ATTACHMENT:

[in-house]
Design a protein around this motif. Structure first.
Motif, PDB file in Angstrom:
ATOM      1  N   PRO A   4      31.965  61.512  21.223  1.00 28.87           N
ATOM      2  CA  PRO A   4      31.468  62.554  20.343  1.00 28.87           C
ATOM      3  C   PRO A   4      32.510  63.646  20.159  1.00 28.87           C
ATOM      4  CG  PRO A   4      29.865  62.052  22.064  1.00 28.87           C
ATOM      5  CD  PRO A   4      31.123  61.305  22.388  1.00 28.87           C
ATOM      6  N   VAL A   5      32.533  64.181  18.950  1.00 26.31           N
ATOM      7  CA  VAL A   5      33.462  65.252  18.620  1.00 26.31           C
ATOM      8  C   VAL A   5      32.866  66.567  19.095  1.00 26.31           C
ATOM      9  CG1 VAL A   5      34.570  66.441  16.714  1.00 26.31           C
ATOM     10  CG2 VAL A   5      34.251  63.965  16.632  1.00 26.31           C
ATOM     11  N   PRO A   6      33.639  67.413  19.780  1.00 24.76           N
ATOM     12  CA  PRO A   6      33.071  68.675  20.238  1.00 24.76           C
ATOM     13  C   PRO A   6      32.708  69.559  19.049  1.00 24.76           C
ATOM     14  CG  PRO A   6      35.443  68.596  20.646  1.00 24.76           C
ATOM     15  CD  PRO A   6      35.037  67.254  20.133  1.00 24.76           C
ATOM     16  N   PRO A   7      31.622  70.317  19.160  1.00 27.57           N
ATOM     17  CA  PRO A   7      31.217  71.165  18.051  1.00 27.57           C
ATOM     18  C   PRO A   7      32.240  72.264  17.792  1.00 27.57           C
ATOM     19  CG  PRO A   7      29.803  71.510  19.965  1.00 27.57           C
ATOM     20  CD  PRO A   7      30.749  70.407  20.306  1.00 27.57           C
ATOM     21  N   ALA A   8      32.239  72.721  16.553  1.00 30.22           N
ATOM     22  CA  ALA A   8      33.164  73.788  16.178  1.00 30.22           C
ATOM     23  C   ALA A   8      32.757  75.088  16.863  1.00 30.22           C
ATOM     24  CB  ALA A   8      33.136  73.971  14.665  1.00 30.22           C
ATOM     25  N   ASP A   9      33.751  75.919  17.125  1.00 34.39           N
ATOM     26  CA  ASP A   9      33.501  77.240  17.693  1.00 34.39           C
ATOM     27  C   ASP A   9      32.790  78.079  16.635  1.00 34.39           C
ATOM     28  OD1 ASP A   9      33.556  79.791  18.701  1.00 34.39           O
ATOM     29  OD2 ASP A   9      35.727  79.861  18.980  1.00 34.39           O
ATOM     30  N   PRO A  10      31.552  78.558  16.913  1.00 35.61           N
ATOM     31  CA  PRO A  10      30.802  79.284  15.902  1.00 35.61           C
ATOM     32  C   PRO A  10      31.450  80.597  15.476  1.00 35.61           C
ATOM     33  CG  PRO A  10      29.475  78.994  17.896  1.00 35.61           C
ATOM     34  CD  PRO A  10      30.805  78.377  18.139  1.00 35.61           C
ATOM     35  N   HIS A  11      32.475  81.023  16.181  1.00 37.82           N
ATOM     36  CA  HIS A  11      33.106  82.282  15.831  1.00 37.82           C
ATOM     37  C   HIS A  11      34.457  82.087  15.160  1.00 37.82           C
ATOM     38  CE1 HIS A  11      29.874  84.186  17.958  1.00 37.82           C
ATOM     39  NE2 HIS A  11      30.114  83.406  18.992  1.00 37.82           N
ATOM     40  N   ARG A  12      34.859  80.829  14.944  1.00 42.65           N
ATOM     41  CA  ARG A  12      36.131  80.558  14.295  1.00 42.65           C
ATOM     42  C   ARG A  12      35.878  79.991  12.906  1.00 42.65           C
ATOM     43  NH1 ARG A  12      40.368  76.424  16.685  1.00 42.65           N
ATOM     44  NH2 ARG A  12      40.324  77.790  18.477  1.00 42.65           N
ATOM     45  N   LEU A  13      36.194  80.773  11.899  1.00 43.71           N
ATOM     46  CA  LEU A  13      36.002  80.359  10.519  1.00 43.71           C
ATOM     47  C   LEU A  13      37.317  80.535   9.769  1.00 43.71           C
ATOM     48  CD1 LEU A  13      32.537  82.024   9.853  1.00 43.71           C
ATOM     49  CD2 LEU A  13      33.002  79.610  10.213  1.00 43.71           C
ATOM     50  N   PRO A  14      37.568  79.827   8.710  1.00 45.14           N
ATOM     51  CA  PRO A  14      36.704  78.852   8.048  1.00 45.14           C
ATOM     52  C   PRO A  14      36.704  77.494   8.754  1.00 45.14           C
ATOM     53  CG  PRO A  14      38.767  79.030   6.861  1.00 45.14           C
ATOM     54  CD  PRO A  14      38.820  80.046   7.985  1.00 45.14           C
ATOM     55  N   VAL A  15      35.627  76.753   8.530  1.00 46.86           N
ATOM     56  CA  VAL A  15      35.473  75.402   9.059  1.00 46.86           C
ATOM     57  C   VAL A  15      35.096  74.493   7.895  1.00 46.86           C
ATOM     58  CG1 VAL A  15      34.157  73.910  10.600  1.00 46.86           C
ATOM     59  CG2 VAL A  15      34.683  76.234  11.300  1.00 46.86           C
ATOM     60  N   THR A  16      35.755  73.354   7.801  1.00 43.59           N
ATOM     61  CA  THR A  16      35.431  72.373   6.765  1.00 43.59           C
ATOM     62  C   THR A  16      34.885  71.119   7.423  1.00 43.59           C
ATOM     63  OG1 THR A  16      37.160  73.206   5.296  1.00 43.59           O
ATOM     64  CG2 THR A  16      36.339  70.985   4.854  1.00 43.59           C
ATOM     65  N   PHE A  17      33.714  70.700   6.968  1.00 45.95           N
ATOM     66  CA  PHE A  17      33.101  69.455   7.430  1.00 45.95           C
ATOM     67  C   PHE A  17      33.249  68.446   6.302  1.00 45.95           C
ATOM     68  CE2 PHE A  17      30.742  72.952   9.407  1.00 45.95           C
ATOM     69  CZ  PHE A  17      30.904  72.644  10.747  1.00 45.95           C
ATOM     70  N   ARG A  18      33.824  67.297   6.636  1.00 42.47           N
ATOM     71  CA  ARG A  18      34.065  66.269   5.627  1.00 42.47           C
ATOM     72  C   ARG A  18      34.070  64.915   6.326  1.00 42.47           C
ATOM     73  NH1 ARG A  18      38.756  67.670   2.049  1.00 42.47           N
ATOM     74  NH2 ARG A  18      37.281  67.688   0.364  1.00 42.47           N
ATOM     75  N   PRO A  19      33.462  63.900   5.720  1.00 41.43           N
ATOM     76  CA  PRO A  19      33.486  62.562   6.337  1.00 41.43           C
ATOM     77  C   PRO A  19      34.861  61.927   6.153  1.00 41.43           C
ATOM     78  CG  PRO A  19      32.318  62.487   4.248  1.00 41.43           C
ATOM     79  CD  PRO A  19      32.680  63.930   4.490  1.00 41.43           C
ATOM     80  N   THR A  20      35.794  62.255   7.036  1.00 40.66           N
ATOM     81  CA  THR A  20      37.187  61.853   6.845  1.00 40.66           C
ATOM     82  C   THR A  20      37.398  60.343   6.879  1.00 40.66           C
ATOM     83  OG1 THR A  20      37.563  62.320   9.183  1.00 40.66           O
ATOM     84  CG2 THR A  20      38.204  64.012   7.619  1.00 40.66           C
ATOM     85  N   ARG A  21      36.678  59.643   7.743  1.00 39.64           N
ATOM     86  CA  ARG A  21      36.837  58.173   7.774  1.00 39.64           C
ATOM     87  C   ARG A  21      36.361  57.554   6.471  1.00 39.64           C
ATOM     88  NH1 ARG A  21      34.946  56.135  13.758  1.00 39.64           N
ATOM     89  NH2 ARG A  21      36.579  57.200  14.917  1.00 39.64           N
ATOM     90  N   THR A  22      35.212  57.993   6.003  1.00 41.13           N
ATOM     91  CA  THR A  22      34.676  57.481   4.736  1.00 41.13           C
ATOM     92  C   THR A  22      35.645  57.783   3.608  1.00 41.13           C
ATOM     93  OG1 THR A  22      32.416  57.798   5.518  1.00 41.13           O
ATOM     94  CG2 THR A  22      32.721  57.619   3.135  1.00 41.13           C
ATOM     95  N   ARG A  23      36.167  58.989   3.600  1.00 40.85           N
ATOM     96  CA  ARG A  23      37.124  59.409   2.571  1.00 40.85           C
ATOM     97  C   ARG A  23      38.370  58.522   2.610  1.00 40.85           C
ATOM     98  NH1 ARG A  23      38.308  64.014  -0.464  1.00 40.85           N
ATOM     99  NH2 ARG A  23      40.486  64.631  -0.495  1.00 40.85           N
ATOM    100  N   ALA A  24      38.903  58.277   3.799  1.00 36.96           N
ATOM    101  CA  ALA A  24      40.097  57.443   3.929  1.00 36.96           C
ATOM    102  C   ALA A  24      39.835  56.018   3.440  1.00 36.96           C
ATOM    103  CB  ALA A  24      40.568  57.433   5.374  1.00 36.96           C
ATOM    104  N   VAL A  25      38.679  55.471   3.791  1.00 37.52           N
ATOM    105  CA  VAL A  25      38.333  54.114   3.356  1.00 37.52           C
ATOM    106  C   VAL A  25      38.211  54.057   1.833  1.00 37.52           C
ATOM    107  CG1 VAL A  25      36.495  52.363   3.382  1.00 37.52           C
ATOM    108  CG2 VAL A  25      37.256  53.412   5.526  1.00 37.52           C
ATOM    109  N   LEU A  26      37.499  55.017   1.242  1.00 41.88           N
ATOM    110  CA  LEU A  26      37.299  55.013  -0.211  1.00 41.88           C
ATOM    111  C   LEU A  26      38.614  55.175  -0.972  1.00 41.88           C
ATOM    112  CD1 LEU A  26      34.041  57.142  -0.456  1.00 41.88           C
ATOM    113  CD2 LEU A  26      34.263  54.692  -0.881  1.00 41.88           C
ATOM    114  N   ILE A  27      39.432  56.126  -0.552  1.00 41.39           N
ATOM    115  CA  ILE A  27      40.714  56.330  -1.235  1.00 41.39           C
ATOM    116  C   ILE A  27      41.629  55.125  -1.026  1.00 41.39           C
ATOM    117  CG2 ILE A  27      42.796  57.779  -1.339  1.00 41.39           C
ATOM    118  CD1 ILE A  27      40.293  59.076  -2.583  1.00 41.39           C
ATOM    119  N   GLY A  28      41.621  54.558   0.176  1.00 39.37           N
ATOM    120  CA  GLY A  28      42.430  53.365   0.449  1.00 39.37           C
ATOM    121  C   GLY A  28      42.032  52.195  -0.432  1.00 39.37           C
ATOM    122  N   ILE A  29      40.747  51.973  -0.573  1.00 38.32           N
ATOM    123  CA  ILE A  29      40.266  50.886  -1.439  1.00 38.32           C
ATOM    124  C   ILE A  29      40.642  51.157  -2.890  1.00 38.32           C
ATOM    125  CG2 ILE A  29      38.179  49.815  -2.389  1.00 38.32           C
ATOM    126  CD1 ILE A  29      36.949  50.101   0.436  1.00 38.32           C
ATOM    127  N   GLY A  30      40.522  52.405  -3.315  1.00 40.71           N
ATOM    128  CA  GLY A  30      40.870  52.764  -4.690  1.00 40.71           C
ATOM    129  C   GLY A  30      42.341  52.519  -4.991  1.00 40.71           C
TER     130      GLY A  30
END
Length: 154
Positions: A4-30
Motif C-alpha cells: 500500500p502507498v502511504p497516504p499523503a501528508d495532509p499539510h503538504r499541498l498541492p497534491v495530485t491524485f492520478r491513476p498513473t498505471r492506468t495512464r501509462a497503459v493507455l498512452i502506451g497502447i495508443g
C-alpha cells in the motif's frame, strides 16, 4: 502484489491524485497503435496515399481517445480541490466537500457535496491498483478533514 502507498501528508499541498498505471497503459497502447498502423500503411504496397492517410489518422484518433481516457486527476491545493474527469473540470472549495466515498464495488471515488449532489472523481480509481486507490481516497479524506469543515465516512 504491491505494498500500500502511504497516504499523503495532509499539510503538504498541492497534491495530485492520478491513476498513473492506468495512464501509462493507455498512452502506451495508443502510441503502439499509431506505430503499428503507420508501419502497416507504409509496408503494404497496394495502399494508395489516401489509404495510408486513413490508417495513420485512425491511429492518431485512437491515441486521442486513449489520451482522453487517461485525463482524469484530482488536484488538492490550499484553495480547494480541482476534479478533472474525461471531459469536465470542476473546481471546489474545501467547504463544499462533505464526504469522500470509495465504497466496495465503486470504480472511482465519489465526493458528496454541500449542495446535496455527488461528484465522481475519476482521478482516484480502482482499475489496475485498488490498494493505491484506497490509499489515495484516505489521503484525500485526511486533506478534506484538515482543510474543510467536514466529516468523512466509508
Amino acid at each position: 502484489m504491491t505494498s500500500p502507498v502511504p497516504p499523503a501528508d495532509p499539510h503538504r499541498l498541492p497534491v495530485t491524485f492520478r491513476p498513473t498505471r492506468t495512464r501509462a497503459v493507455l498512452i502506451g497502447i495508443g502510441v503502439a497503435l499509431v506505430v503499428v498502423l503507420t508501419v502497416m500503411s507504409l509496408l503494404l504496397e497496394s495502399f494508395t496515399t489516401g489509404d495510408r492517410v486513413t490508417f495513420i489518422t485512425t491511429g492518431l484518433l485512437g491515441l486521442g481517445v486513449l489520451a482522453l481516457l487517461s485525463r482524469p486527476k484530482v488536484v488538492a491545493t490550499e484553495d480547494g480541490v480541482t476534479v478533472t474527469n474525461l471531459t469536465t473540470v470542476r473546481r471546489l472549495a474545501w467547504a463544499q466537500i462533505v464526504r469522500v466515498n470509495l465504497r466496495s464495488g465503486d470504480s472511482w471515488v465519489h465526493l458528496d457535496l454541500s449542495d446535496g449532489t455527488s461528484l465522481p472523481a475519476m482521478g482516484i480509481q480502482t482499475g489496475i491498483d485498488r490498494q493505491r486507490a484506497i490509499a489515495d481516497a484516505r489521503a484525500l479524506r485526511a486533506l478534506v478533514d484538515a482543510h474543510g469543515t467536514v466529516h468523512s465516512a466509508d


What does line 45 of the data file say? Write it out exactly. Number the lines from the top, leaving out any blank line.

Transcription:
ATOM     42  C   ARG A  12      35.878  79.991  12.906  1.00 42.65           C